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Researchers collected the United Kingdom’s old weather reports and started digitizing them to explain the current weather conditions.
In 1883, a group of UK meteorologists set up a station at the summit of Ben Nevis, the highest mountain in the United Kingdom, to diligently observe the weather conditions. The ‘Weathermen of Ben Nevis,’ as they were called, recorded the temperature, pressure, and rainfall by handwriting the data. Then, they telegraphed these data to London where they were used as weather forecasts and storm warnings.
Around 1904, the station shut down but all the handwritten documents were archived.
Recently, a group of scientists led by Professor Ed Hawkins of the University of Reading started the Weather Rescue Project. It aims to study the past weather reports so climate experts can learn from them. To do this, the group obtained all the handwritten weather reports from the United Kingdom’s weather service and started digitizing them. They sought volunteers to help with the process because of the countless handwritten data they have collected.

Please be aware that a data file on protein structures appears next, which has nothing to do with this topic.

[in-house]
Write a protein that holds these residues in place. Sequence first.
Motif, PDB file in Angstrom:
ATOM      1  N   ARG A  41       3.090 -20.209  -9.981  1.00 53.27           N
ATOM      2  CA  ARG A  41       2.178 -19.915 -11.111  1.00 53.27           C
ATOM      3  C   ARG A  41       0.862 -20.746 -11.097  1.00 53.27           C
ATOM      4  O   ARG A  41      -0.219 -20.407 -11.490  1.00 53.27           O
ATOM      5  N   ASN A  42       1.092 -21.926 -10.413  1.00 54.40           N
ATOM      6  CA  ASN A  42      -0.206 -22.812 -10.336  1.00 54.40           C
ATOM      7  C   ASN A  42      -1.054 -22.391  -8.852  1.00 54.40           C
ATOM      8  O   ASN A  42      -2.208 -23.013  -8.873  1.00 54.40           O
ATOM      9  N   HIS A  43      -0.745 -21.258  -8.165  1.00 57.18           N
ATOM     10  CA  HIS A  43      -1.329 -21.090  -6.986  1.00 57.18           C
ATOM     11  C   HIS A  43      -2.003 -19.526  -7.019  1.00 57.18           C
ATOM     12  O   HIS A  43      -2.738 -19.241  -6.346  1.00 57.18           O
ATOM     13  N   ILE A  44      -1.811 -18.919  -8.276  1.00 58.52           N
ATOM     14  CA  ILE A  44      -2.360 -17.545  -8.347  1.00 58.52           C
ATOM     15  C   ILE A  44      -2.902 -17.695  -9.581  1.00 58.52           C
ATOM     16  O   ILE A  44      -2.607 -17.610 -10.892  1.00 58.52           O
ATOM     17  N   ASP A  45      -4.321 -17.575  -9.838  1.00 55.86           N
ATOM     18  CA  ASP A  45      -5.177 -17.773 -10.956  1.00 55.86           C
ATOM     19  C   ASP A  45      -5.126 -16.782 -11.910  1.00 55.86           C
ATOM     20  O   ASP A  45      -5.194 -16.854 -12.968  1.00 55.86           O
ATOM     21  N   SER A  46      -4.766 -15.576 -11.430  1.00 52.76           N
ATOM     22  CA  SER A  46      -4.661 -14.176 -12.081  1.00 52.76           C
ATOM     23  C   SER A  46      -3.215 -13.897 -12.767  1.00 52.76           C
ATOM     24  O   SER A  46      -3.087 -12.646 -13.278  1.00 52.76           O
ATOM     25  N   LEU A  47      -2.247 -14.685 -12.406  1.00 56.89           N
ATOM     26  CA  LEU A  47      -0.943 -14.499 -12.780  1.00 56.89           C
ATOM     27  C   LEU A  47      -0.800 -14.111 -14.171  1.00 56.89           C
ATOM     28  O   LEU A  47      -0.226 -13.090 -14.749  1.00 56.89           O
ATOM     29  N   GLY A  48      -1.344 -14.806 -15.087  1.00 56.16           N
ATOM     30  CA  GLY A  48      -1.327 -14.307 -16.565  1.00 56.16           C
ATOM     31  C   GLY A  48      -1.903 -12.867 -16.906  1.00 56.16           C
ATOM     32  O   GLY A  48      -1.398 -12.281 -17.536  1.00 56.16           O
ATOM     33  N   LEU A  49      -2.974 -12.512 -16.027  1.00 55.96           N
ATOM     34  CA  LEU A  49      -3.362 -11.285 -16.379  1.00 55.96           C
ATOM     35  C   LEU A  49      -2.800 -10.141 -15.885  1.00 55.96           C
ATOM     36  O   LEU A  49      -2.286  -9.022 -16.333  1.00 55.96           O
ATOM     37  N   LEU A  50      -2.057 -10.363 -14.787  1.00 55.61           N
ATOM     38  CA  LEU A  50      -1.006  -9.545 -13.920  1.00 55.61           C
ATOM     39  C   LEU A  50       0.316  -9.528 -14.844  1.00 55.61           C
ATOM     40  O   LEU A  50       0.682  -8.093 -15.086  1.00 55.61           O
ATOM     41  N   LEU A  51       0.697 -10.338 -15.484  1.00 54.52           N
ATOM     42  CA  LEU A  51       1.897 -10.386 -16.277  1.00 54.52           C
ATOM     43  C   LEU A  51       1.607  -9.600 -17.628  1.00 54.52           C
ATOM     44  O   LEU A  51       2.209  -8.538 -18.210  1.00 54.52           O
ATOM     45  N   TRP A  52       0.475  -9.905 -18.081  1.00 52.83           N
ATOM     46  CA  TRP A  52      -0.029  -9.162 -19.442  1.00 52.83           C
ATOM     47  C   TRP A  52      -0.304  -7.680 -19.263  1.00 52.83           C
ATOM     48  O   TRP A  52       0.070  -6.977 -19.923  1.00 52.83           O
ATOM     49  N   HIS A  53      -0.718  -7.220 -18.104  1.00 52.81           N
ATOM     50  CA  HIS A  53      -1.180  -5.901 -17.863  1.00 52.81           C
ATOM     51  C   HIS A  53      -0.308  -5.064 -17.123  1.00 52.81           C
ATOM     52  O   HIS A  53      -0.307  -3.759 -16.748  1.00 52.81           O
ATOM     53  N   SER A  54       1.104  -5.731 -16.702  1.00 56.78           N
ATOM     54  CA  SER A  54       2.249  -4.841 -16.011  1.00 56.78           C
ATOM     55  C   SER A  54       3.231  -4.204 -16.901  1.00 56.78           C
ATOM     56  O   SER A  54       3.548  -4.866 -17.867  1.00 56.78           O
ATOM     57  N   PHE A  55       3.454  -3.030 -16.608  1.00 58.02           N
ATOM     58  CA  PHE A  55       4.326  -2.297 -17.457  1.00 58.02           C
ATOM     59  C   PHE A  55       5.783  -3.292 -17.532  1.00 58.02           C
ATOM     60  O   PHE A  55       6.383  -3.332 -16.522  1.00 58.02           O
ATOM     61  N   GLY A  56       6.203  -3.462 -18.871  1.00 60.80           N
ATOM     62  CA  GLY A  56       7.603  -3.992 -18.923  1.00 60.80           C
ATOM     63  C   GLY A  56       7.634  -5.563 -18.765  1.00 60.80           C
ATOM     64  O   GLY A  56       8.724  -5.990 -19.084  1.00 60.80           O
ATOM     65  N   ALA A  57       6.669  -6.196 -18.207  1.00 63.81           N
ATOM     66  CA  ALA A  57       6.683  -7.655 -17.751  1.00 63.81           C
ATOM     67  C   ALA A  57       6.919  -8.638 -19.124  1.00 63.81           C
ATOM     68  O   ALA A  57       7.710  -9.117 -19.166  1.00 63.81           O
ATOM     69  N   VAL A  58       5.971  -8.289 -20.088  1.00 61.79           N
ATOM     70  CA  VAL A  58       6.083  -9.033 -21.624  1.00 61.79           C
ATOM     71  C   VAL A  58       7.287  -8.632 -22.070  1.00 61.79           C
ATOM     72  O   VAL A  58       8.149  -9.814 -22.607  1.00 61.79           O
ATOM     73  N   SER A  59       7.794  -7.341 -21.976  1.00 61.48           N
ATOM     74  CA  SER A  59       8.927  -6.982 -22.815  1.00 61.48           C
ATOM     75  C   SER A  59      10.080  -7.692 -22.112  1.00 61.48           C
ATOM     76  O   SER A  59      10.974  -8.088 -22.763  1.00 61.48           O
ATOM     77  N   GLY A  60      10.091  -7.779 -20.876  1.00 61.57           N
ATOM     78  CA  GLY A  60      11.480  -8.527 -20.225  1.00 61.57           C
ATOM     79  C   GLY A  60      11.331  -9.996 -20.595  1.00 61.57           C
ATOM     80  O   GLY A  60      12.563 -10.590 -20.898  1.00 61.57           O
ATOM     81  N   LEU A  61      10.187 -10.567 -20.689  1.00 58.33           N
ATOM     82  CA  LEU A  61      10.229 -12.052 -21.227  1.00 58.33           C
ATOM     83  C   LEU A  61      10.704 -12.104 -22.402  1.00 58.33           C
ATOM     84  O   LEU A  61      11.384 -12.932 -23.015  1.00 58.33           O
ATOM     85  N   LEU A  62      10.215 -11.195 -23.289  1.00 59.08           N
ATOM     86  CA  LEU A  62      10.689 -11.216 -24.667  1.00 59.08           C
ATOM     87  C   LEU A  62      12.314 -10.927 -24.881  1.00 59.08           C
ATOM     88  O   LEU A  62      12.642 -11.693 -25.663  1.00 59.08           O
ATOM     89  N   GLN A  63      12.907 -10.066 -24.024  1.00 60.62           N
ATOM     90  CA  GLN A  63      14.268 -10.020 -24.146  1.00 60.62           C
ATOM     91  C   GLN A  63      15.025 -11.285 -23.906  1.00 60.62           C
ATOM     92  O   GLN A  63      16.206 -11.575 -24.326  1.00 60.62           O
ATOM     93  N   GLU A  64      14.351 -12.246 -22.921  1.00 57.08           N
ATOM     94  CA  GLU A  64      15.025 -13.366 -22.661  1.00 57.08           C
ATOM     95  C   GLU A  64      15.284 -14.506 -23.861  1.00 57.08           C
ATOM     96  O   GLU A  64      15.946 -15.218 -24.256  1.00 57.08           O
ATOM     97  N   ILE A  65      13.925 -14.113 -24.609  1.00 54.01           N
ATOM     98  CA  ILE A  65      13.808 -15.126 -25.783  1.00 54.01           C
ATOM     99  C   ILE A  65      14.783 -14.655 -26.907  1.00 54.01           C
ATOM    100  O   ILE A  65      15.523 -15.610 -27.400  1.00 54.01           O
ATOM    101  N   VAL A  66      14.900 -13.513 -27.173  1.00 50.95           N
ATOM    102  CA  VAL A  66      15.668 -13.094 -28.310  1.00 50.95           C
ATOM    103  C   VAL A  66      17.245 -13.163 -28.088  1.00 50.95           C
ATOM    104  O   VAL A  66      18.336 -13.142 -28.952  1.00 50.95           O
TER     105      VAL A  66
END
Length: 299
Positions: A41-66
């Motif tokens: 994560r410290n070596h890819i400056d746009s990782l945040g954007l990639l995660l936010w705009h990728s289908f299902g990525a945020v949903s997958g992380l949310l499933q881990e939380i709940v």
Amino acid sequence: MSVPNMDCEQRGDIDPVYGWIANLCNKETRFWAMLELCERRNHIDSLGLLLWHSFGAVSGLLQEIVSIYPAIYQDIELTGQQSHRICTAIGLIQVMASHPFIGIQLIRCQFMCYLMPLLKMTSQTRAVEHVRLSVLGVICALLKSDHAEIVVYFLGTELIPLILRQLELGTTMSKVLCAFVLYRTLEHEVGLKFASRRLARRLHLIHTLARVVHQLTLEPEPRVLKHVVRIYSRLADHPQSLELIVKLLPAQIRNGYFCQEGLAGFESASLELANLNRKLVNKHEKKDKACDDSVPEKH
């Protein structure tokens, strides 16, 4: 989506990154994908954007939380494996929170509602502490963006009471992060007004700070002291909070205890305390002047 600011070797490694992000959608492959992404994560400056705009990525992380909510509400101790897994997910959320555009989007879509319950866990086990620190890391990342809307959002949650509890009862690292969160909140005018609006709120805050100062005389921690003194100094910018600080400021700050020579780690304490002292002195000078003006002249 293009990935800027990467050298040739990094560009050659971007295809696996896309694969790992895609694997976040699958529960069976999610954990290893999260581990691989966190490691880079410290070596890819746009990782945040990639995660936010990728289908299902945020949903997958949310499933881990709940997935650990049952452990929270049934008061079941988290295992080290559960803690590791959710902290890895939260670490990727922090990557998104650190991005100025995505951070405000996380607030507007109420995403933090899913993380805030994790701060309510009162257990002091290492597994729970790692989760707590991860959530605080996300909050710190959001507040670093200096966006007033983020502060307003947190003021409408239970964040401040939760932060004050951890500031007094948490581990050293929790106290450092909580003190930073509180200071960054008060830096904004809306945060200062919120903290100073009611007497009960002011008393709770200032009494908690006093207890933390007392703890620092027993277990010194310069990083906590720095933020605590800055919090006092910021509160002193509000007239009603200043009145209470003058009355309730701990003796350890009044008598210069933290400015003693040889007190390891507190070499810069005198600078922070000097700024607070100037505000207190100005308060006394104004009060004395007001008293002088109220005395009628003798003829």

Once all the data are digitized, the scientists will analyze the weather patterns and changes that occurred in the past. These observations will then be used as a basis to determine if the conditions that people experience now have already happened before.
Professor Hawkins claims that the future results of their study may even reveal whether or not the Earth is really experiencing climate change. The data can also help shed light on why rainfalls are becoming more frequent in the United Kingdom. Aside from that, the data can be used as a reference on how extreme the weather in the mountains is and use it to prepare for rescue operations.